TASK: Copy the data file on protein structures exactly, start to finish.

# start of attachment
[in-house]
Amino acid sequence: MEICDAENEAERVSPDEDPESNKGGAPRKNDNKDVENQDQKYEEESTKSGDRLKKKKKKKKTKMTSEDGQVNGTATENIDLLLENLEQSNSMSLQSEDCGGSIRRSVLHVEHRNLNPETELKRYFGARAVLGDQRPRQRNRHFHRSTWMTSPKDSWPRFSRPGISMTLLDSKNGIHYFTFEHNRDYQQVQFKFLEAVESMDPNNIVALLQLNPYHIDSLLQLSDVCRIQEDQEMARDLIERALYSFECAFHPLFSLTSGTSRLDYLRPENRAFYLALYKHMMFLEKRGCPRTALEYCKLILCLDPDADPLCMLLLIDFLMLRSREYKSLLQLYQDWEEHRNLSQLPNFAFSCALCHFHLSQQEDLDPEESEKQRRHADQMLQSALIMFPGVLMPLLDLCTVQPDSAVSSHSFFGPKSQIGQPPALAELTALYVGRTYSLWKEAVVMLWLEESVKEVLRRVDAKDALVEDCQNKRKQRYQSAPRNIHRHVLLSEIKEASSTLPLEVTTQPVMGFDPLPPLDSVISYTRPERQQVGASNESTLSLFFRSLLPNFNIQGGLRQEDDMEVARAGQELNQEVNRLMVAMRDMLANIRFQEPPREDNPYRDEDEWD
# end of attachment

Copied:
[in-house]
Amino acid sequence: MEICDAENEAERVSPDEDPESNKGGAPRKNDNKDVENQDQKYEEESTKSGDRLKKKKKKKKTKMTSEDGQVNGTATENIDLLLENLEQSNSMSLQSEDCGGSIRRSVLHVEHRNLNPETELKRYFGARAVLGDQRPRQRNRHFHRSTWMTSPKDSWPRFSRPGISMTLLDSKNGIHYFTFEHNRDYQQVQFKFLEAVESMDPNNIVALLQLNPYHIDSLLQLSDVCRIQEDQEMARDLIERALYSFECAFHPLFSLTSGTSRLDYLRPENRAFYLALYKHMMFLEKRGCPRTALEYCKLILCLDPDADPLCMLLLIDFLMLRSREYKSLLQLYQDWEEHRNLSQLPNFAFSCALCHFHLSQQEDLDPEESEKQRRHADQMLQSALIMFPGVLMPLLDLCTVQPDSAVSSHSFFGPKSQIGQPPALAELTALYVGRTYSLWKEAVVMLWLEESVKEVLRRVDAKDALVEDCQNKRKQRYQSAPRNIHRHVLLSEIKEASSTLPLEVTTQPVMGFDPLPPLDSVISYTRPERQQVGASNESTLSLFFRSLLPNFNIQGGLRQEDDMEVARAGQELNQEVNRLMVAMRDMLANIRFQEPPREDNPYRDEDEWD